for 1879 should not exceed $140,000,000 exclusive of interest and sinking fund...
they have performed their duties.
Bonds issued prior to February 12, 1873, public policy and enlightened self-interest require
four and one-half per cent., impediment to the sale of
amount of, sold under contract of August 24, 1876, to March 1, 1877.
sale of, limited to $200,000,000 by notice, in May, 1877...
amount of, sold for resumption purposes.
four per cent., terms of contract for the sale of, made on June 9, 1877.
amount of, sold under contract of June 9, 1877
how proceeds of sales of, were applied..
Banks, national. (See National banks.)
.. XXIV, XXV
report of commission to investigate the
Banks and bankers, complaints of, in regard to the tax on their deposits.
attention of Congress invited to what the Comptroller of the Currency says in his re-
the Secretary does not recommend the repeal of the tax on deposits for reasons stated..
XXXVI, XXXVII, XXXVIII
also backs of legal-tender notes and five-dollar national currency notes, heretofore done
contracts of certain bank-note companies for printing notes and stamps terminated by
construction of a fire-proof building for the accommodation of, recommended..
tinuation of work upon, now in course of construction..
recommends that no new, be authorized except in cases where the demands of the public
calls attention to recommendation of Supervising Architect for the construction of a
Claims against the government
old, should be carefully scrutinized
of long standing, and supported by ex parte affidavits, should not be adjudicated in the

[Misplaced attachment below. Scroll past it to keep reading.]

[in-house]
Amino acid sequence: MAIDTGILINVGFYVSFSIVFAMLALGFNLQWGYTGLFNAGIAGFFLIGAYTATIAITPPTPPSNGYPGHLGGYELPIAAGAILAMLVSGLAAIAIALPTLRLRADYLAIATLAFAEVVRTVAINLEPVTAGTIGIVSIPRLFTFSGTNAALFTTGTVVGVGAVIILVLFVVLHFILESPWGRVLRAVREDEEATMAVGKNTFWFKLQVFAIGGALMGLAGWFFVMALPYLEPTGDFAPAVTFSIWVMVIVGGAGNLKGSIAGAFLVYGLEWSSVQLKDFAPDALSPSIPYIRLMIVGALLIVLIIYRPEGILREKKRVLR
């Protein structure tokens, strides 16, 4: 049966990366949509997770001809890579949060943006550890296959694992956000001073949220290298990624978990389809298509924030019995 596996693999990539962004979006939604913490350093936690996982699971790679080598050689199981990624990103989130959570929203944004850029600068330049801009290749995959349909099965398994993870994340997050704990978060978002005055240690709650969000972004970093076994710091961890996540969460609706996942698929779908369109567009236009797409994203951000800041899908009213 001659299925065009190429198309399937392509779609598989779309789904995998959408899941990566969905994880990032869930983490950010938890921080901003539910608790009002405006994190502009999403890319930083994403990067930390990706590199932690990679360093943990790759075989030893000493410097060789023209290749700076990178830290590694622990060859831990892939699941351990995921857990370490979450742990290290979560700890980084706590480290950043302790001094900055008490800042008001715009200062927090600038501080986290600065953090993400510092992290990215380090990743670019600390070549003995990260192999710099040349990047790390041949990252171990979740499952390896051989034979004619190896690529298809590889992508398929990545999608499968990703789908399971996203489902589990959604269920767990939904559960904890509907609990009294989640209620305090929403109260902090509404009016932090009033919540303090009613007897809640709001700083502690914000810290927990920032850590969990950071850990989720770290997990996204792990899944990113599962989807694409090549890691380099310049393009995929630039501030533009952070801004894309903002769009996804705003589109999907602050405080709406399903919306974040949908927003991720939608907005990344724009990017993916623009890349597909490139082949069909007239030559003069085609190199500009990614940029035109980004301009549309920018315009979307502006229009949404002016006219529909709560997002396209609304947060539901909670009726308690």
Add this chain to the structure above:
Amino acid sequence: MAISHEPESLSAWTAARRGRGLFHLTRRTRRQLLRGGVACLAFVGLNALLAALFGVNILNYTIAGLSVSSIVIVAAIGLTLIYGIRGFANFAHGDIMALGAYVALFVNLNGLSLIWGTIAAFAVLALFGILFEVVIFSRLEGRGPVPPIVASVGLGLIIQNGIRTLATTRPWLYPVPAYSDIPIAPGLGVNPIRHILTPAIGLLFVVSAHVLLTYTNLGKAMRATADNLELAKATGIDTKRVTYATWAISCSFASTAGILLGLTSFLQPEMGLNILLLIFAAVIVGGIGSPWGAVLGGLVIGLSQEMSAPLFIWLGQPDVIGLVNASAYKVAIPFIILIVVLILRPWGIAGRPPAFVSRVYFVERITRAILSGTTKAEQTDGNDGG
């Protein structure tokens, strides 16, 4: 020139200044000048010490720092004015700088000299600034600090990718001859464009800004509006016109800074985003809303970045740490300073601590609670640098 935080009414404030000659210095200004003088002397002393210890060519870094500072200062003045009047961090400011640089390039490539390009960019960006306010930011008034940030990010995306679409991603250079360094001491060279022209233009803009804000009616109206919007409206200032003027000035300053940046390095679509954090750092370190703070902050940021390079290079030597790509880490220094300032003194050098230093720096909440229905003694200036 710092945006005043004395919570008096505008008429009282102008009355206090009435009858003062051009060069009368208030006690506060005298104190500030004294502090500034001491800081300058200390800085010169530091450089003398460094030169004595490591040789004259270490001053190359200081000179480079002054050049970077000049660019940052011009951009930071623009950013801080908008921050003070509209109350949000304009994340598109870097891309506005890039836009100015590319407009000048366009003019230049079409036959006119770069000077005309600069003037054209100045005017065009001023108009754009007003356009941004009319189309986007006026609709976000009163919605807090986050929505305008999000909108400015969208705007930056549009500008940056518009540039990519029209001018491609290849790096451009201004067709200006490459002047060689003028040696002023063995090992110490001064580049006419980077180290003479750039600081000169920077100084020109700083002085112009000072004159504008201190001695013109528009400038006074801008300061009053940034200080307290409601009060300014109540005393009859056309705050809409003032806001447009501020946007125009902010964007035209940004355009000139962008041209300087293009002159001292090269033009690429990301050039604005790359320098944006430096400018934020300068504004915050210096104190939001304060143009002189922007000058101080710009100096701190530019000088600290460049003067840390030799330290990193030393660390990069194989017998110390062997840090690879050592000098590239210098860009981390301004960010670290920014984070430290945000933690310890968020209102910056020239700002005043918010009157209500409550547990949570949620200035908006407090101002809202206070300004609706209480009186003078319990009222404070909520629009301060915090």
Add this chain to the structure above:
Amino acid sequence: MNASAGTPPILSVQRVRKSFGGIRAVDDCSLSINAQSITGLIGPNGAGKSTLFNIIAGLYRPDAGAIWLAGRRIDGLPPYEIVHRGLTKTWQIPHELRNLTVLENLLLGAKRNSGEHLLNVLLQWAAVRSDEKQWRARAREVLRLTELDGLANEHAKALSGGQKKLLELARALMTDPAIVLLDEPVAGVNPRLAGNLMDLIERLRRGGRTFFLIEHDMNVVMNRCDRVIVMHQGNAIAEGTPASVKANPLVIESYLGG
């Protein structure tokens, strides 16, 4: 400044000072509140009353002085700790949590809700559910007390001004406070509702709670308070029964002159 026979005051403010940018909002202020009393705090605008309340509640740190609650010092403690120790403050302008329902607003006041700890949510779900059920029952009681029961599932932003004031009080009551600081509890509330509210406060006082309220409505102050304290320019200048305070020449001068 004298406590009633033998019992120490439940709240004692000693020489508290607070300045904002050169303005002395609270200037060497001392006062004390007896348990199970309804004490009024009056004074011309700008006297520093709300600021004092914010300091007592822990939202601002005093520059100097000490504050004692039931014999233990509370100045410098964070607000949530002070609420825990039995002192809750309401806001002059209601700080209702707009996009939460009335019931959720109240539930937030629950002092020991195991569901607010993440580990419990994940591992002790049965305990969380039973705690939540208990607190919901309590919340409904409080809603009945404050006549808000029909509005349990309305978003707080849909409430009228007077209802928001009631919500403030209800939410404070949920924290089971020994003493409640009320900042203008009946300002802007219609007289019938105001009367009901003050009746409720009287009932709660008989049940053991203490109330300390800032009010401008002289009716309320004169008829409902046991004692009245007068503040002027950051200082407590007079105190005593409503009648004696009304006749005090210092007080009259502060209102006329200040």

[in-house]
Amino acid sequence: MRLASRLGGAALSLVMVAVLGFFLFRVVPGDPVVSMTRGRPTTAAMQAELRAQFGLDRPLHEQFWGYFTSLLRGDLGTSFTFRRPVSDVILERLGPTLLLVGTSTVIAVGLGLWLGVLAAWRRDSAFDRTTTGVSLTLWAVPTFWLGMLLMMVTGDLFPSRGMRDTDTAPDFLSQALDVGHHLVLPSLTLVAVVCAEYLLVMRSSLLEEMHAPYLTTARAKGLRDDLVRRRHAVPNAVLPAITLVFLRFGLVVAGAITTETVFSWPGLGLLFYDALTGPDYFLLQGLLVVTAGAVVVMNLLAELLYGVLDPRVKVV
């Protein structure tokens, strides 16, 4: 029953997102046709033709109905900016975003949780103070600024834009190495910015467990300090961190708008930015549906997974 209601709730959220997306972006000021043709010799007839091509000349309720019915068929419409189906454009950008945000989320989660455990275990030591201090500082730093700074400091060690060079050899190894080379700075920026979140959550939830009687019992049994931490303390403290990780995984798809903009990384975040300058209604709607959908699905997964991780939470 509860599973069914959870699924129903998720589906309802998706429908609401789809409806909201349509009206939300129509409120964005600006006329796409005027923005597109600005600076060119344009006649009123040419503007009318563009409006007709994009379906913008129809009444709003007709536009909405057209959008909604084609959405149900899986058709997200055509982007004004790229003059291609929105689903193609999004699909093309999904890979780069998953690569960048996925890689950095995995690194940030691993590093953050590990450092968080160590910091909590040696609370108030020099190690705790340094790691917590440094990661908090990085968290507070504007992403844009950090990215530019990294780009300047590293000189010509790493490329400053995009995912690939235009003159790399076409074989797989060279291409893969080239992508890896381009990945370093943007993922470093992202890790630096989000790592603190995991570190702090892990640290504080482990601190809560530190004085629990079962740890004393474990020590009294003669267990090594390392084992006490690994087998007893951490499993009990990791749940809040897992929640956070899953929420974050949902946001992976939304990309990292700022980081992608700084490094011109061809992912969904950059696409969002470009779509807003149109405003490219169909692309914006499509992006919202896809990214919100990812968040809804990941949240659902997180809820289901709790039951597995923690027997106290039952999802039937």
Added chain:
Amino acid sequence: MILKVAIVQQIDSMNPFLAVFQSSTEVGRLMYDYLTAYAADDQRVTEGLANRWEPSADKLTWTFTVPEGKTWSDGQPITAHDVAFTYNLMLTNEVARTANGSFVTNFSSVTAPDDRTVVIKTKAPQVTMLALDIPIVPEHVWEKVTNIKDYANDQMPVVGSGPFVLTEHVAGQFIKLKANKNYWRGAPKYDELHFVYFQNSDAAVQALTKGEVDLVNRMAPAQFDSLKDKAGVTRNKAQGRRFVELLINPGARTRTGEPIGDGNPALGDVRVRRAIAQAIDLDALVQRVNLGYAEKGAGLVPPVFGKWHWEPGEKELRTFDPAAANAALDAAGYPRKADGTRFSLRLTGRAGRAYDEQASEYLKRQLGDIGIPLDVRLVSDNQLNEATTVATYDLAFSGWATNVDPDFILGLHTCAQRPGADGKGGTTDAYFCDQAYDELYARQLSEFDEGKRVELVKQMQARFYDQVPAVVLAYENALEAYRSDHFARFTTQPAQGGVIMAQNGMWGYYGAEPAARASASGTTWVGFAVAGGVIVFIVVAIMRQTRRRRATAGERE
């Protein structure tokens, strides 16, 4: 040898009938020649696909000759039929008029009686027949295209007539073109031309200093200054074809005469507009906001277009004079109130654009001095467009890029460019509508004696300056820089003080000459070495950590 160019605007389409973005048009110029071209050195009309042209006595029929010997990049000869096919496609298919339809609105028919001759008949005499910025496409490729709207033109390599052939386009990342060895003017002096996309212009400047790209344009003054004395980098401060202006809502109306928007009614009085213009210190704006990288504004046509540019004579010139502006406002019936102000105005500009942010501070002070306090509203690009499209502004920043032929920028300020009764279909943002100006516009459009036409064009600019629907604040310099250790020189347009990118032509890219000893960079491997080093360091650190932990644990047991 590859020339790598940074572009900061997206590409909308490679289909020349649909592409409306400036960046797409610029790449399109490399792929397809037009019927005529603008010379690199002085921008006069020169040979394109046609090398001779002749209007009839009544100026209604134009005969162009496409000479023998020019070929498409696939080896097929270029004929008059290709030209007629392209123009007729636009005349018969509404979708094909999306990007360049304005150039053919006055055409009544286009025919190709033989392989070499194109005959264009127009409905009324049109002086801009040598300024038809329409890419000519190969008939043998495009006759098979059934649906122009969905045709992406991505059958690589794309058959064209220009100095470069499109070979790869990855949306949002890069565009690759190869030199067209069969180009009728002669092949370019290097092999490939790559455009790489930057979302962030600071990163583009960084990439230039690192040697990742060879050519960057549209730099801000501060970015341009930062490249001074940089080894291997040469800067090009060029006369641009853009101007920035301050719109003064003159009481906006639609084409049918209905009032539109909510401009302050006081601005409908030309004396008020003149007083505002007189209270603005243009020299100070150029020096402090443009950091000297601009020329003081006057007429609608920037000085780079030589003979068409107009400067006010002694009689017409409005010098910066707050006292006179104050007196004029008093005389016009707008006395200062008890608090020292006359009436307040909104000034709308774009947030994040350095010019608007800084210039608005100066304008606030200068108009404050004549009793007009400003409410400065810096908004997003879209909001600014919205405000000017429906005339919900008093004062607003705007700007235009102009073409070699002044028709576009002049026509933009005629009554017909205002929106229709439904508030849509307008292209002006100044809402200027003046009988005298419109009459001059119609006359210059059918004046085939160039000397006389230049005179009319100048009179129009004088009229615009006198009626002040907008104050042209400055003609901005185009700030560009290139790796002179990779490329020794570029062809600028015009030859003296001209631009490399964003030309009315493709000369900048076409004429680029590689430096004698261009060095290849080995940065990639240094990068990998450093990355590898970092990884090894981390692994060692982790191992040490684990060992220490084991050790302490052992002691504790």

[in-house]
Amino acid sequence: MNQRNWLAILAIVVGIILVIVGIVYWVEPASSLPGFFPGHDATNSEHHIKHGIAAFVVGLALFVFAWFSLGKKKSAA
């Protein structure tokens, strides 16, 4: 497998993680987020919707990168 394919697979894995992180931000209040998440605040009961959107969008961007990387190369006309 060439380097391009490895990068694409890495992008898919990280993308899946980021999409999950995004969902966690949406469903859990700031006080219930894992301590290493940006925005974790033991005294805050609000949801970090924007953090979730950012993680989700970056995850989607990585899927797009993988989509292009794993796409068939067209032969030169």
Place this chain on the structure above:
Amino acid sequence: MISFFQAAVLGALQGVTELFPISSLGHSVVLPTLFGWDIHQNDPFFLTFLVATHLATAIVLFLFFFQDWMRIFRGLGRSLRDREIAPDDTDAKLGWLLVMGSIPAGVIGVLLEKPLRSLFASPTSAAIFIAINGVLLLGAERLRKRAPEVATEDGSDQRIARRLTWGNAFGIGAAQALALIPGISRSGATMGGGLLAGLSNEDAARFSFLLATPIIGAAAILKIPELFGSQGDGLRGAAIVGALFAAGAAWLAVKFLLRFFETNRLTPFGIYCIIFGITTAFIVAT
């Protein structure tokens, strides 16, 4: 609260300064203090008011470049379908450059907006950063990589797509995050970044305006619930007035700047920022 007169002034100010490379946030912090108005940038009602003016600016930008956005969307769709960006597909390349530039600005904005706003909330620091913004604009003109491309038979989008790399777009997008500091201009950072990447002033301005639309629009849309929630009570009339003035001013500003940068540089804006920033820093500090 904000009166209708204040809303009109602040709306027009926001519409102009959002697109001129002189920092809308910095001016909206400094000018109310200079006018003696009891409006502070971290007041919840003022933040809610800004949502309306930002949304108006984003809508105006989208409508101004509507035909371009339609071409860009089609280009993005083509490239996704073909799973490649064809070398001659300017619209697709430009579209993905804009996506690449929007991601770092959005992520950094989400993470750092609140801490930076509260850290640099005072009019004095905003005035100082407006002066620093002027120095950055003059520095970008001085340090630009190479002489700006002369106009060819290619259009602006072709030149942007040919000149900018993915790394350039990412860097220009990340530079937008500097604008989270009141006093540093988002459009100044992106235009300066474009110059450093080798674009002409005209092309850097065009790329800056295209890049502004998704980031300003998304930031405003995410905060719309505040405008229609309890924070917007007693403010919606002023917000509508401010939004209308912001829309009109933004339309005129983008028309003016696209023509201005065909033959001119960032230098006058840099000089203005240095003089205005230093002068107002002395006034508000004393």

various suggestions relative to the treatment of.
no more should be paid on, until after full investigation.
full details of those now pending will be submitted to Congress
for refund of taxes illegally imposed under internal-revenue tax laws.
of loyal citizens in States not in rebellion...
for proceeds of certain cotton, action of department upon
Coast Survey, operations of, during the year.
Coffee, imposition of a duty of two cents per pound on, recommended.
legislation recommended, requiring persons exporting merchandise by land conveyance
to, to file manifests containing the quantities and values thereof.
is readily taken by the people and maintained at par with United States notes without
estimated amount of, in circulation in 1860, at par with gold..
no danger of an excess of, being issued, if only issued in exchange for United States
silver, conditions on which, can be issued with beneficial effect..
beneficial results likely to follow the issue of, in pursuance of the general policy of the
Coin and coinage, silver tokens and paper money, if limited to amounts needed for business,
growing tendency to adopt for coins the principle of redeemability applied to different